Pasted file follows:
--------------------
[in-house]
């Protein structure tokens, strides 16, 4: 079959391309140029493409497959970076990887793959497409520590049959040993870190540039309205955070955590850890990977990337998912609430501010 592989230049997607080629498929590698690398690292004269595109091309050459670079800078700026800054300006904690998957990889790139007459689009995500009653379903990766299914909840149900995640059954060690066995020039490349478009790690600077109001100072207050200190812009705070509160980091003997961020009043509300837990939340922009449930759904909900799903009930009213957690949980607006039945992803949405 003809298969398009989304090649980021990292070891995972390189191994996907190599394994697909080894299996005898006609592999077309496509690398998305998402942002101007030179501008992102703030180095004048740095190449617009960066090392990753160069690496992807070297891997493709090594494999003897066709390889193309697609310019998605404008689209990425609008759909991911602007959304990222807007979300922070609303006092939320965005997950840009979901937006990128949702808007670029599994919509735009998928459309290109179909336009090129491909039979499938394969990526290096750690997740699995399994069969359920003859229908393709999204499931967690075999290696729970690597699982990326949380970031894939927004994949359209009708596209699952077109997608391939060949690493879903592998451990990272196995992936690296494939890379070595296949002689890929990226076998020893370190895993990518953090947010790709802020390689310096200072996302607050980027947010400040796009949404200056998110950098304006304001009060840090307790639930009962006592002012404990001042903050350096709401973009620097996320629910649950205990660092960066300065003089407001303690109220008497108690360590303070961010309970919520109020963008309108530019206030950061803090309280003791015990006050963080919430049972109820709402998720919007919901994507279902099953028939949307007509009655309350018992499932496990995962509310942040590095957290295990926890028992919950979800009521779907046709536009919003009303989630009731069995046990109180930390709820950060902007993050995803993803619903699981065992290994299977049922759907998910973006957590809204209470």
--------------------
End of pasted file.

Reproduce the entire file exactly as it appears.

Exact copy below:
[in-house]
């Protein structure tokens, strides 16, 4: 079959391309140029493409497959970076990887793959497409520590049959040993870190540039309205955070955590850890990977990337998912609430501010 592989230049997607080629498929590698690398690292004269595109091309050459670079800078700026800054300006904690998957990889790139007459689009995500009653379903990766299914909840149900995640059954060690066995020039490349478009790690600077109001100072207050200190812009705070509160980091003997961020009043509300837990939340922009449930759904909900799903009930009213957690949980607006039945992803949405 003809298969398009989304090649980021990292070891995972390189191994996907190599394994697909080894299996005898006609592999077309496509690398998305998402942002101007030179501008992102703030180095004048740095190449617009960066090392990753160069690496992807070297891997493709090594494999003897066709390889193309697609310019998605404008689209990425609008759909991911602007959304990222807007979300922070609303006092939320965005997950840009979901937006990128949702808007670029599994919509735009998928459309290109179909336009090129491909039979499938394969990526290096750690997740699995399994069969359920003859229908393709999204499931967690075999290696729970690597699982990326949380970031894939927004994949359209009708596209699952077109997608391939060949690493879903592998451990990272196995992936690296494939890379070595296949002689890929990226076998020893370190895993990518953090947010790709802020390689310096200072996302607050980027947010400040796009949404200056998110950098304006304001009060840090307790639930009962006592002012404990001042903050350096709401973009620097996320629910649950205990660092960066300065003089407001303690109220008497108690360590303070961010309970919520109020963008309108530019206030950061803090309280003791015990006050963080919430049972109820709402998720919007919901994507279902099953028939949307007509009655309350018992499932496990995962509310942040590095957290295990926890028992919950979800009521779907046709536009919003009303989630009731069995046990109180930390709820950060902007993050995803993803619903699981065992290994299977049922759907998910973006957590809204209470």